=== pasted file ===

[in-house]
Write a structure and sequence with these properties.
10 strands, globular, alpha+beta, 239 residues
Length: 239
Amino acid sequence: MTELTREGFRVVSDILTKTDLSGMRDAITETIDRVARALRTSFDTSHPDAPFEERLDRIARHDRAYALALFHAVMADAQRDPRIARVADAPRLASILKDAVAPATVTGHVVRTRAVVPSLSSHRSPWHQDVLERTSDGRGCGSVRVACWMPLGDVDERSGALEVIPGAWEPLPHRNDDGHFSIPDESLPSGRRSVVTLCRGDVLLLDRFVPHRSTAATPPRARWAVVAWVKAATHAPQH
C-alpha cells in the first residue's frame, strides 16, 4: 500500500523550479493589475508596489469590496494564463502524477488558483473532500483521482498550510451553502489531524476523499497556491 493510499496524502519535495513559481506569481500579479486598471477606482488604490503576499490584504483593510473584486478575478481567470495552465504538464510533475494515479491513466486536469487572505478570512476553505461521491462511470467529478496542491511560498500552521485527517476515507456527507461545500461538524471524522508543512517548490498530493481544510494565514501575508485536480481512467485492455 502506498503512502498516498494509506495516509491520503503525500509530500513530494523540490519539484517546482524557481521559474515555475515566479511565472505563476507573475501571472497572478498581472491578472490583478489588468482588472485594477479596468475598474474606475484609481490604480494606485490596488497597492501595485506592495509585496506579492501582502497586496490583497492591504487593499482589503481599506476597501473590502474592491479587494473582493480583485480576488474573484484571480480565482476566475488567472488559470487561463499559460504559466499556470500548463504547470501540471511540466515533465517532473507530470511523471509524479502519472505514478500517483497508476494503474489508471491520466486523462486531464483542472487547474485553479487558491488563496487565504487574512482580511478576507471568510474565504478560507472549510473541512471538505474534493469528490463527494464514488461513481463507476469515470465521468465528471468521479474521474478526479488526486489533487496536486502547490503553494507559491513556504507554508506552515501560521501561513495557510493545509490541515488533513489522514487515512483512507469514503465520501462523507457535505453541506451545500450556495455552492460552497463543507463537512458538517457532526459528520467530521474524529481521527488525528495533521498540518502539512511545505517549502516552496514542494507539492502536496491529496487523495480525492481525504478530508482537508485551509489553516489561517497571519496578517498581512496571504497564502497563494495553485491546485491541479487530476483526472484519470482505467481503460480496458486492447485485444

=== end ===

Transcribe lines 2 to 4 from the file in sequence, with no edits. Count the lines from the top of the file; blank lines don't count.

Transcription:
Write a structure and sequence with these properties.
10 strands, globular, alpha+beta, 239 residues
Length: 239